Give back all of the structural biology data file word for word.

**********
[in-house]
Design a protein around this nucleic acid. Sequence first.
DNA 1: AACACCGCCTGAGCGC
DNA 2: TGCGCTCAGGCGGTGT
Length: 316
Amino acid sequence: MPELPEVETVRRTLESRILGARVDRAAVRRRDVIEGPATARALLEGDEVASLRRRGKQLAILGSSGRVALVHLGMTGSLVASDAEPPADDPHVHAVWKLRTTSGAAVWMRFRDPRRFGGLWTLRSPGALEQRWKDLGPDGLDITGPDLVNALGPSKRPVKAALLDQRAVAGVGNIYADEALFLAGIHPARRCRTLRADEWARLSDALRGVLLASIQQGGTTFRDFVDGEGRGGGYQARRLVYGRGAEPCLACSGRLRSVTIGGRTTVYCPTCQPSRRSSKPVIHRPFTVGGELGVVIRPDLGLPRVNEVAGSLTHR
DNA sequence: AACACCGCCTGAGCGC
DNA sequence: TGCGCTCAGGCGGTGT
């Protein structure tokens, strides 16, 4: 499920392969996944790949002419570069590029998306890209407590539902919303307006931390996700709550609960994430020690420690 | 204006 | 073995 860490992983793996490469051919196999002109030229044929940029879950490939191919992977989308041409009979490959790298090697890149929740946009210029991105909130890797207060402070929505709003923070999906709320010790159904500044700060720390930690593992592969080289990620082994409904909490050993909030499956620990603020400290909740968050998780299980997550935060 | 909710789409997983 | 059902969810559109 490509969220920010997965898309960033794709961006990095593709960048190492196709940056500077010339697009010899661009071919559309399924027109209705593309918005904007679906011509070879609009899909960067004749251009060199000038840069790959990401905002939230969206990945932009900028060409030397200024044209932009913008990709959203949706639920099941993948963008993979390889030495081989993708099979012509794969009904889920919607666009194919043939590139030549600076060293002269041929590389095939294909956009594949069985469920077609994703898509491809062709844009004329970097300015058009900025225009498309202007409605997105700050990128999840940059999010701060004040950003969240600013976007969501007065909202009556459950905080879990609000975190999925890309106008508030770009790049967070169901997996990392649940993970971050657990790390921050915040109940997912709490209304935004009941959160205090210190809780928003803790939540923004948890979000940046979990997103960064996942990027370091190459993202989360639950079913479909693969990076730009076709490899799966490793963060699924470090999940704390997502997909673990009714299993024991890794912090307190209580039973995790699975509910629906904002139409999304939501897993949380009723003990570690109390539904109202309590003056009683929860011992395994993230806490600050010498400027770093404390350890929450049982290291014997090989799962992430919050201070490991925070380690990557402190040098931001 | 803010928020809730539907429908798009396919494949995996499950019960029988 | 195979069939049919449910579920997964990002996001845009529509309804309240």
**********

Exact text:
[in-house]
Design a protein around this nucleic acid. Sequence first.
DNA 1: AACACCGCCTGAGCGC
DNA 2: TGCGCTCAGGCGGTGT
Length: 316
Amino acid sequence: MPELPEVETVRRTLESRILGARVDRAAVRRRDVIEGPATARALLEGDEVASLRRRGKQLAILGSSGRVALVHLGMTGSLVASDAEPPADDPHVHAVWKLRTTSGAAVWMRFRDPRRFGGLWTLRSPGALEQRWKDLGPDGLDITGPDLVNALGPSKRPVKAALLDQRAVAGVGNIYADEALFLAGIHPARRCRTLRADEWARLSDALRGVLLASIQQGGTTFRDFVDGEGRGGGYQARRLVYGRGAEPCLACSGRLRSVTIGGRTTVYCPTCQPSRRSSKPVIHRPFTVGGELGVVIRPDLGLPRVNEVAGSLTHR
DNA sequence: AACACCGCCTGAGCGC
DNA sequence: TGCGCTCAGGCGGTGT
């Protein structure tokens, strides 16, 4: 499920392969996944790949002419570069590029998306890209407590539902919303307006931390996700709550609960994430020690420690 | 204006 | 073995 860490992983793996490469051919196999002109030229044929940029879950490939191919992977989308041409009979490959790298090697890149929740946009210029991105909130890797207060402070929505709003923070999906709320010790159904500044700060720390930690593992592969080289990620082994409904909490050993909030499956620990603020400290909740968050998780299980997550935060 | 909710789409997983 | 059902969810559109 490509969220920010997965898309960033794709961006990095593709960048190492196709940056500077010339697009010899661009071919559309399924027109209705593309918005904007679906011509070879609009899909960067004749251009060199000038840069790959990401905002939230969206990945932009900028060409030397200024044209932009913008990709959203949706639920099941993948963008993979390889030495081989993708099979012509794969009904889920919607666009194919043939590139030549600076060293002269041929590389095939294909956009594949069985469920077609994703898509491809062709844009004329970097300015058009900025225009498309202007409605997105700050990128999840940059999010701060004040950003969240600013976007969501007065909202009556459950905080879990609000975190999925890309106008508030770009790049967070169901997996990392649940993970971050657990790390921050915040109940997912709490209304935004009941959160205090210190809780928003803790939540923004948890979000940046979990997103960064996942990027370091190459993202989360639950079913479909693969990076730009076709490899799966490793963060699924470090999940704390997502997909673990009714299993024991890794912090307190209580039973995790699975509910629906904002139409999304939501897993949380009723003990570690109390539904109202309590003056009683929860011992395994993230806490600050010498400027770093404390350890929450049982290291014997090989799962992430919050201070490991925070380690990557402190040098931001 | 803010928020809730539907429908798009396919494949995996499950019960029988 | 195979069939049919449910579920997964990002996001845009529509309804309240």